Sometimes prayer feels like talking to the ceiling.  It can be therapeutic, sure.  There’s something about saying my request out loud or at least getting it on paper that has its own value, apart from the chance an all-powerful Deity is listening in and wanting to answer with a “yes.”

But what if someone is listening?  For me, this isn’t such a big What If.  I’ve been taught since birth that God exists, and he “rewards those who earnestly seek him” (that’s from Hebrews 11).  But even me, with my history book full of people faithfully showing and telling me about God, even I have my empty feelings.  Praying to the ceiling feelings.

Our pastor Kyle spoke today about the spiritual rhythm of a community gathering together then being sent out; gathering and going.  Like dots on a map, becoming a solid mass in the pews on Sunday, then spreading out to our separate places and spaces of influence the rest of the week.  Breathing, in and out.  He talked about how this rhythm is the pattern of the church, how we are called to gather (reaching inward) and also to disciple (going out).

As I listen to him I picture a flower opening and closing.  I open my own journal, on my lap, and am carried back to the moment of my writing.  April 2, 2015.  Almost exactly a year ago, an entry about crossroads, asking my Ceiling for some direction as we grope around in the dark, wondering about extending our lease, staying in community in South Texas, or saying goodbye to everything and plunging into the unknown.  I beg for illumination, that lamp even one step ahead so I know I’m not lost.  I flip forward through April’s pages, helpless cries from a tired mother praying breakthrough for strong-willed children.  More questions about the future in May, as a name rises into my prayers: Nacogdoches.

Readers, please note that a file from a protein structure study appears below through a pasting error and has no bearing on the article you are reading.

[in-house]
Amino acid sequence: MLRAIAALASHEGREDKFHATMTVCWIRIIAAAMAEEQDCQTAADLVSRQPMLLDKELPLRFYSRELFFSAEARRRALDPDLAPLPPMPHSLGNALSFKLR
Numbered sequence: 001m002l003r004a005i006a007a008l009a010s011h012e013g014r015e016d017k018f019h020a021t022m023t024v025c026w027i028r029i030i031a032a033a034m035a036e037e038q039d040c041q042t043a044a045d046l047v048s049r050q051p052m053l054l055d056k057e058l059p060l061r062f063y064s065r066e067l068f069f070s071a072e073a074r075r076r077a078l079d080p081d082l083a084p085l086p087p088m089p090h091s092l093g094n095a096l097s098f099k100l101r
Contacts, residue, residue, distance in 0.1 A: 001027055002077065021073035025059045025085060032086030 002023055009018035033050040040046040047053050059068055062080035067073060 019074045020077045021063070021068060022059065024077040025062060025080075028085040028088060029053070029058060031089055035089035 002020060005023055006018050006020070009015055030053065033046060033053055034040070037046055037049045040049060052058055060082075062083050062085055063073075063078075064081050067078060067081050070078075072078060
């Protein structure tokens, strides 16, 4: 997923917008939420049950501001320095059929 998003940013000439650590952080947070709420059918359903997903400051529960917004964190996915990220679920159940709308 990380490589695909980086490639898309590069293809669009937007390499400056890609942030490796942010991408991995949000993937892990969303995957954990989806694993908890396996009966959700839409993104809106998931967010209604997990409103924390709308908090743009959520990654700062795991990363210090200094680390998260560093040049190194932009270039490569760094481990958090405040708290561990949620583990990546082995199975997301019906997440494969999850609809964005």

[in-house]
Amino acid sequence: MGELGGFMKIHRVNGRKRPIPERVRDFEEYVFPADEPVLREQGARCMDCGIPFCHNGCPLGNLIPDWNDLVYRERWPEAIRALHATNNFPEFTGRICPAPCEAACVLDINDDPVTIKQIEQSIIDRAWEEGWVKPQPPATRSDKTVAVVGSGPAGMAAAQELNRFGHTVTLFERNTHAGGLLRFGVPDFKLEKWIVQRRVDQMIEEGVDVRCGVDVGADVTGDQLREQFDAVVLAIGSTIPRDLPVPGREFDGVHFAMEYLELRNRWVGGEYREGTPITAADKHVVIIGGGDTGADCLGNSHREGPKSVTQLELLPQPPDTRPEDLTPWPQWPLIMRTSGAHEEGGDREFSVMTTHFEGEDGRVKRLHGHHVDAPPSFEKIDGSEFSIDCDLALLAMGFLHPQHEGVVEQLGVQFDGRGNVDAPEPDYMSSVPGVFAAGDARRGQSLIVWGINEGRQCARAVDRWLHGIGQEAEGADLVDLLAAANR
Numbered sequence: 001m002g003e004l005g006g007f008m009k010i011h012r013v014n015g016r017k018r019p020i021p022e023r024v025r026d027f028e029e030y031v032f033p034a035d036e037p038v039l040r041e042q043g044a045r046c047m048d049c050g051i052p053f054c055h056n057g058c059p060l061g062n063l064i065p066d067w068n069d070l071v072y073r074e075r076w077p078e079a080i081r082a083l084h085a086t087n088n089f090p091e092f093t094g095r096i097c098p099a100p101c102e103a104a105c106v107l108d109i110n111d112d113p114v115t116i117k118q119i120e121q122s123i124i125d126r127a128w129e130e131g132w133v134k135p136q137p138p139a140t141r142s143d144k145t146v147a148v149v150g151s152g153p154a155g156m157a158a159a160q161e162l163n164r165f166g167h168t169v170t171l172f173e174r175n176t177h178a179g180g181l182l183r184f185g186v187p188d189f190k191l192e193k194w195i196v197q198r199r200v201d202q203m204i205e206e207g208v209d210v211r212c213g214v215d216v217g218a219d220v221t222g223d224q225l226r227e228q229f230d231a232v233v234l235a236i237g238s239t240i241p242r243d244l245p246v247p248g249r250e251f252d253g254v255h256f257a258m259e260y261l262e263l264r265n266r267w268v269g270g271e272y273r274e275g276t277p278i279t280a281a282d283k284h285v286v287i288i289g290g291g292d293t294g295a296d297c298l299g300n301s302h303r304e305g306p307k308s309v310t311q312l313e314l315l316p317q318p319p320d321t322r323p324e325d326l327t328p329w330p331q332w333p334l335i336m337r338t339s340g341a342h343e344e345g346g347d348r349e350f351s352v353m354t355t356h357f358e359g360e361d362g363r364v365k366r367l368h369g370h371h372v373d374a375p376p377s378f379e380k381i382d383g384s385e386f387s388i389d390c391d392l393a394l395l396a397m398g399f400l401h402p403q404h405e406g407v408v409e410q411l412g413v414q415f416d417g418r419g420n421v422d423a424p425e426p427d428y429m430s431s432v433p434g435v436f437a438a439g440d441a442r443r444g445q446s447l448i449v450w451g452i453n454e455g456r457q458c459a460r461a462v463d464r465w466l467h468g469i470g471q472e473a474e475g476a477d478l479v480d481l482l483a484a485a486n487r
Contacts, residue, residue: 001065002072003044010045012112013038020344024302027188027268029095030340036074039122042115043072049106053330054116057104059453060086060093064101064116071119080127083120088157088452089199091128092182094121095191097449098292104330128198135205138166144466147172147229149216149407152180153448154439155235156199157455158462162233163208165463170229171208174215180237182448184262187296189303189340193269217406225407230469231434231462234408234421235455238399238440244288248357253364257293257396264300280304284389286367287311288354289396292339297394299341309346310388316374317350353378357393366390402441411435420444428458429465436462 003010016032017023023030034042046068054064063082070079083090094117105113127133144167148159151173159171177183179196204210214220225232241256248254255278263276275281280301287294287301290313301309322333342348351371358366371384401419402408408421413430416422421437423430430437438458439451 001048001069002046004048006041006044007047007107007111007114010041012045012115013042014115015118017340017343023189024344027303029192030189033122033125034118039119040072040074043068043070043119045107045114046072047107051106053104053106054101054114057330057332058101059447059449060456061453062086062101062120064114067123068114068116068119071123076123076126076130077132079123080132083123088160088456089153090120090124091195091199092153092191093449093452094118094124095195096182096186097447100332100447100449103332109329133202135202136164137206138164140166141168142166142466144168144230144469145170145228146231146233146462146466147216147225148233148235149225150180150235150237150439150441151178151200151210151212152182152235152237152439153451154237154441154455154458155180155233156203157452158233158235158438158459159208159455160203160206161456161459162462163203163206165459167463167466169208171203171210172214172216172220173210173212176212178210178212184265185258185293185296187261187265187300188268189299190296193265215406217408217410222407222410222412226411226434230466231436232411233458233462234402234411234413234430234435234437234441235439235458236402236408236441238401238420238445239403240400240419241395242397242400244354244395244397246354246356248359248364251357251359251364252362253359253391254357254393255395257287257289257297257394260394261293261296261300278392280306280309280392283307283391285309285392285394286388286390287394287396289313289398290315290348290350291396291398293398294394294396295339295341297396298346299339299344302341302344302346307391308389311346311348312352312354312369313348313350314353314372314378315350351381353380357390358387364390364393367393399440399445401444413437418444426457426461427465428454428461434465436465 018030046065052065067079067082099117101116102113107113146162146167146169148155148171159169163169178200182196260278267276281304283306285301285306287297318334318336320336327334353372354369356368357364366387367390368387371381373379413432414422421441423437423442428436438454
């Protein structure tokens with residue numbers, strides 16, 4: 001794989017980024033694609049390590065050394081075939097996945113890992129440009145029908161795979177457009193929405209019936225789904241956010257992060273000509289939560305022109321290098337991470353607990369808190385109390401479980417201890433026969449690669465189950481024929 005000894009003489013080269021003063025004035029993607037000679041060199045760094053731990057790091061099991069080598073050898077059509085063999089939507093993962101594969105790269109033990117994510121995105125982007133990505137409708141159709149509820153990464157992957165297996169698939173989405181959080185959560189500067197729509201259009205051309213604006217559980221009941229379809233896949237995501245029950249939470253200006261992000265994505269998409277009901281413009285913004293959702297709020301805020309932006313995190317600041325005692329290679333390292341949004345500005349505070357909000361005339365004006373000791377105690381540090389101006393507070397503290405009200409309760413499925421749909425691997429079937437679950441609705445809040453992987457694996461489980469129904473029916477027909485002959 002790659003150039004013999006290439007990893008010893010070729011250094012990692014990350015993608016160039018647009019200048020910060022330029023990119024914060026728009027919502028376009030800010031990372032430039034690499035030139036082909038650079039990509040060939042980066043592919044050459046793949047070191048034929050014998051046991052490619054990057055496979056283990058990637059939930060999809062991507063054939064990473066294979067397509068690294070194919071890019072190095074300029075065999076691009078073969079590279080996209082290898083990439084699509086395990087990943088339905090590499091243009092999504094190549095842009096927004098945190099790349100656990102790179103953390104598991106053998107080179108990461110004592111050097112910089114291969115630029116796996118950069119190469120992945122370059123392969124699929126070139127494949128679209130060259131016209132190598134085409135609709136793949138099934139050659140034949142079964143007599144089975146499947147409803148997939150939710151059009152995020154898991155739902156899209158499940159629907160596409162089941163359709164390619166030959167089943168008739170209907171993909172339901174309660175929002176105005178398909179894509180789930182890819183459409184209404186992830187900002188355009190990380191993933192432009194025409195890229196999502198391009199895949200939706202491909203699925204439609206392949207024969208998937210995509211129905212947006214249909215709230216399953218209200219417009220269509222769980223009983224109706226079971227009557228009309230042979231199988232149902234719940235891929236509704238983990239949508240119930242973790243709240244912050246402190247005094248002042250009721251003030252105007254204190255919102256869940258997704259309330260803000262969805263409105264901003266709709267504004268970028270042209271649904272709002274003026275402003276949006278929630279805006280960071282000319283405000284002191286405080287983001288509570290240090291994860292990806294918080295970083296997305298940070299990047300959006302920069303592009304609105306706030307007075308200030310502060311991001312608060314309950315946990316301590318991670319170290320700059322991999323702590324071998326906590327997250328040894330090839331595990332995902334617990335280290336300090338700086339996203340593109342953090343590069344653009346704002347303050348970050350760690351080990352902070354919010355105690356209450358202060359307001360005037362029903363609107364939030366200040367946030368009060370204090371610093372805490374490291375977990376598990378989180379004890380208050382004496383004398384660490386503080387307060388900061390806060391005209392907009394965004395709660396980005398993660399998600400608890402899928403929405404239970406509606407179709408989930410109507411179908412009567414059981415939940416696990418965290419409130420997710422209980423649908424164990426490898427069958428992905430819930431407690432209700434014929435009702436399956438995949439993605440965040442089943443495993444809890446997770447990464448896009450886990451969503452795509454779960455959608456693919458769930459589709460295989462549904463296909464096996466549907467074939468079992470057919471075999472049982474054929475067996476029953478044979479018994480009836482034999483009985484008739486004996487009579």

Life in the rearview mirror is so simple we can miss it.  Today during the course of an average Sunday I had conversations with several people who are now dear to me.  My kids love their teachers.  One of them saw I needed help after church and held Ransom so I could take the big kids to the bathroom.  A small grace.  My life is overflowing with these, so small I can miss them.  But sometimes I read my words written in darkness and remember: this is the future I was terrified of.  This bright place of belonging and blooming and healing and connecting, this is what I didn’t know was around the sharp corner.

I ran into a sweet friend on my way to pick up the kids after church.  We had a quick exchange about How God Works.  Last week our midweek community group was presented with the idea of merging with another smaller group to make one bigger, happier group.  My instinctual response was No.  Why change what’s been working and risk awkwardness and potential discomfort?  What I didn’t know at the time was that, the other group?  It’s my friend’s group.  Hers, the sweet one I was talking to.

This is a rose from a garden I didn’t know was planted in the place I now call home. It bloomed for the first time yesterday.

I don’t know where my heart learned to distrust Change, why I think the tender-hearted Father is maybe a cold flat surface above my head, blocking out the sun.  But when I read my own history, I see nothing but goodness and graces.  No ceiling, just God above turning everything into glory.

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